# Newton–Raphson method - Finite difference method

Hi

I am trying to solve a nonlinear differential equation with the use of the finite difference method and the Newton-Raphson method. Is there any one that knows where I can find some literature about the subject?

I am familiar with the use of the finite difference method, when solving linear differential equations. It is the Newton-Raphson method when using the finite difference method that is new for me.

Thanks in advance

## Answers and Replies

Hello Excom,

finite difference methods (simple one-step methods such as Euler, Trapezoid, Midpoint, or more complex multi-step methods like the Adams' families, or non-linear methods such as Runge-Kutta, etc etc) can ALL be used to solve both linear and non-linear ordinary differential equations (obviously depending on the kind of differential system there are methods that will perform better than others..) but they're all used for solving a general IVP of the form:

$$\left. \begin{array}{l} \frac {dy} {dx} = f(x,y) \\ y( x_{0} ) = y_{0} \end{array} \right\} \mbox{ze IVP :p}$$

(which may be a scalar equation or a system of equations), regardless of whether f is linear or not.

Newton-Raphson is for solving non-linear algebraic equations, not differential equations. You will have to use Newton-Raphson (or any other technique for solving non-linear equations) within your finite difference method if the said method is implicit, that is, to solve for the current time-step of the solution as a function of the values at previous time-steps. For example, Adams-Moulton methods are implicit so you will have to solve a non-linear algebraic equation (or system of equations) at each time-step. . . but Forward Euler or Trapezoid or even Runge-Kutta or Adams-Bashforth are all explicit difference methods, and there's no need to solve non-linear equations within the method, so no need for Newton-Raphson :)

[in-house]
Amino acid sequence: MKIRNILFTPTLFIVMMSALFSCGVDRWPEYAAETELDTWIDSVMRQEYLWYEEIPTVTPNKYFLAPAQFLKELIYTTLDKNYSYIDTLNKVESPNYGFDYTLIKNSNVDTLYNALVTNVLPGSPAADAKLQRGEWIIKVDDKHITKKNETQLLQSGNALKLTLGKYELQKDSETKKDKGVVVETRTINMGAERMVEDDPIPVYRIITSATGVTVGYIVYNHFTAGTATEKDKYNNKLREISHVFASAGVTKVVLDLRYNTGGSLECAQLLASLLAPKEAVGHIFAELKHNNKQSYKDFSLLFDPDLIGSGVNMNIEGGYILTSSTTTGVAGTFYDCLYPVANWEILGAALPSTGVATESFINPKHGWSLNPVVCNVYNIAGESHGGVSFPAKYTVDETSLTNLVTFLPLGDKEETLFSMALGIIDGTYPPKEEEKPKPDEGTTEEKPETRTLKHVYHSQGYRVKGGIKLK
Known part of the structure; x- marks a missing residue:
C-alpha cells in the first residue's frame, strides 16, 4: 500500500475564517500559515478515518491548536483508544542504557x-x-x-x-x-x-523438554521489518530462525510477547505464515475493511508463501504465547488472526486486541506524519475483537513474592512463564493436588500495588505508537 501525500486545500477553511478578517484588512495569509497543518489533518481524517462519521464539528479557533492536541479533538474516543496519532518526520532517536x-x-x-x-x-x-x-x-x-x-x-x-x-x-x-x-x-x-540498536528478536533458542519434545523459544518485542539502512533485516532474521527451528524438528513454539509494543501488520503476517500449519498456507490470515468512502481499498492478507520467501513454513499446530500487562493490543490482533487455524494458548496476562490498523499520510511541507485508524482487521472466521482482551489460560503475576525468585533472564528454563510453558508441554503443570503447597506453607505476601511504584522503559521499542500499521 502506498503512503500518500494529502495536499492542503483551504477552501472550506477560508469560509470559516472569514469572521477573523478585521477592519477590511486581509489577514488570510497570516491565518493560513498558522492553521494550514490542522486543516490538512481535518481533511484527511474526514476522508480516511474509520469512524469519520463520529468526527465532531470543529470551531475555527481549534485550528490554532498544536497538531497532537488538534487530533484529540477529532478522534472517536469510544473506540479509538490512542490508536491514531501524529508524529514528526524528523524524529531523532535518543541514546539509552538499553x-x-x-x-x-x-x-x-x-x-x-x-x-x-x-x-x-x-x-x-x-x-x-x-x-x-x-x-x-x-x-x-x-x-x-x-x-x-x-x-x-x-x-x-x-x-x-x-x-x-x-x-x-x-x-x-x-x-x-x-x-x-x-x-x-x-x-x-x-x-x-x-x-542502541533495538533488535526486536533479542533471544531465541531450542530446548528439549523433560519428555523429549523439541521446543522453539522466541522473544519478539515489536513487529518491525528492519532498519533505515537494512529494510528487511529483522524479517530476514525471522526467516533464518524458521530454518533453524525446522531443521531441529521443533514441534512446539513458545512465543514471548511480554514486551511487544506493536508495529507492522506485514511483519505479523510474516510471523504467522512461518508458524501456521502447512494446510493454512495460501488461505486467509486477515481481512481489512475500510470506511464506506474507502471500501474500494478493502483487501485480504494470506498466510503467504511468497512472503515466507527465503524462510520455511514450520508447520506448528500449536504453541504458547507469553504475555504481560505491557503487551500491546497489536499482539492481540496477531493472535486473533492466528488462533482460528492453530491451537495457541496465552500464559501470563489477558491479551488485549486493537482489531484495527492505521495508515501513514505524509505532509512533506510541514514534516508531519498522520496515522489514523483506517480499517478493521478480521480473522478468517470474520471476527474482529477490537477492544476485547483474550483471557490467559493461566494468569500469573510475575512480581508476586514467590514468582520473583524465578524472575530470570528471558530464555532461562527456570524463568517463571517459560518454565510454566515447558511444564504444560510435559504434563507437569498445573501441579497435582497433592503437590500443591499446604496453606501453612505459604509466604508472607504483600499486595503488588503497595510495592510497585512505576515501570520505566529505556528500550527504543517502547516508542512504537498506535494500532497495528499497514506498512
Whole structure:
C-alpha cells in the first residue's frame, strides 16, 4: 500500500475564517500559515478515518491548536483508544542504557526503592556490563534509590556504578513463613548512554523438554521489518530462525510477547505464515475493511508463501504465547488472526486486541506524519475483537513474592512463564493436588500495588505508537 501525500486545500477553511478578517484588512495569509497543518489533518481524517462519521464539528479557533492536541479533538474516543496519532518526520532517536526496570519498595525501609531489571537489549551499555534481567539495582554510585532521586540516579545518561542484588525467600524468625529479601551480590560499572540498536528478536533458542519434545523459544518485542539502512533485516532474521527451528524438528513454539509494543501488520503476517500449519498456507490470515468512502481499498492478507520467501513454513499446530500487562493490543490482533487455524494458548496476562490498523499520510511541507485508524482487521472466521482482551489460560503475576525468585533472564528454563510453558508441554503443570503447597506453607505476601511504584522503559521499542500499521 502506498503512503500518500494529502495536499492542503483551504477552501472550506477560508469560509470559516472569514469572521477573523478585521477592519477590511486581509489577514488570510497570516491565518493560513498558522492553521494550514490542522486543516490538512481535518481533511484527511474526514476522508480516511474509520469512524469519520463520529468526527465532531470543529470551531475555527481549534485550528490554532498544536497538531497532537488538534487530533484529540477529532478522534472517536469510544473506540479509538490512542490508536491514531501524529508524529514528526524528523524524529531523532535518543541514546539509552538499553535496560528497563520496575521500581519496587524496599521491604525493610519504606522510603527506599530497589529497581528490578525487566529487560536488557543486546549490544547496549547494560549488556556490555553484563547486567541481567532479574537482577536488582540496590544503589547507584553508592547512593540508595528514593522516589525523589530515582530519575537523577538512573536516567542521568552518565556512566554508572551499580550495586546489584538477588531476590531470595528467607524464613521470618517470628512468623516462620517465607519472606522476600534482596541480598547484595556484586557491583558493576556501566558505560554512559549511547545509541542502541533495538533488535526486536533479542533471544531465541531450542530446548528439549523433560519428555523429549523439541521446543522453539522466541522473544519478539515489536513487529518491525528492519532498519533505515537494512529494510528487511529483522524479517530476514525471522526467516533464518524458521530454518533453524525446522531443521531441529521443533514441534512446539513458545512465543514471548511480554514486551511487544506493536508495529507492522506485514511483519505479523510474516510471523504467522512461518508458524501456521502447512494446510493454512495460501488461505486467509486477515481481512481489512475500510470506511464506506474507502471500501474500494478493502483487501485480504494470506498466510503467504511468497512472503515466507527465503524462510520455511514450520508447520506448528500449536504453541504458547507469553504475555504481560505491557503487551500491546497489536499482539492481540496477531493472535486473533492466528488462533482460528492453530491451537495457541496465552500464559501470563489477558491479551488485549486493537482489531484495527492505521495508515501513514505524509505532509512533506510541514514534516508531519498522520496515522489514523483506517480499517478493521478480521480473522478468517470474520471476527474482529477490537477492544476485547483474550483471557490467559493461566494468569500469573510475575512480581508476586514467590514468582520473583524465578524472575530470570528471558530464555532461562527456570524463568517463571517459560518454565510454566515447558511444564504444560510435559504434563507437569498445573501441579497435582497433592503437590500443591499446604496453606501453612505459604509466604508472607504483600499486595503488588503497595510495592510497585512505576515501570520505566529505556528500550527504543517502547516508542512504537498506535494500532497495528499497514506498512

If you're still interested in Newton-Raphson, there are loads of resources on the net, just search on google:) eg one link I found:
http://www.math.ubc.ca/~clarkson/newtonmethod.pdf" [Broken]

Hope I could be of help, good luck with your non-linear differential equation! xD

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Tanks for your help

please give me

In my case, you can approximate the denominator term,
f'(x)
with a forward, backward, or central difference.

So, just to elaborate, if you have,
f(x) = x^2
and,
f(x+h) = (x+h)^2
f(x-h) = (x-h)^2
for some small h (gridspace)

Then, using Central Difference your Newton-Raphson equation becomes,
x[i+1] = x - f(x)/f'(x)
= x - f(x) / ( (f(x+h)-f(x-h) )/(2*h) )
= x - x^2/( ( (x+h)^2 - (x-h)^2 ) / (2*h) )

For other example, e.g. f(x) = x^4 + x^3 + x + 5, I'm getting faster convergence via the finite difference version of f'(x) than using the analytical version of it.

I have not encounter any reference for this, but I don't see anything wrong with this.

All the best! :)

Take a look at this I dont know if it can help you :
www.firavia.com/newton.pdf[/URL]

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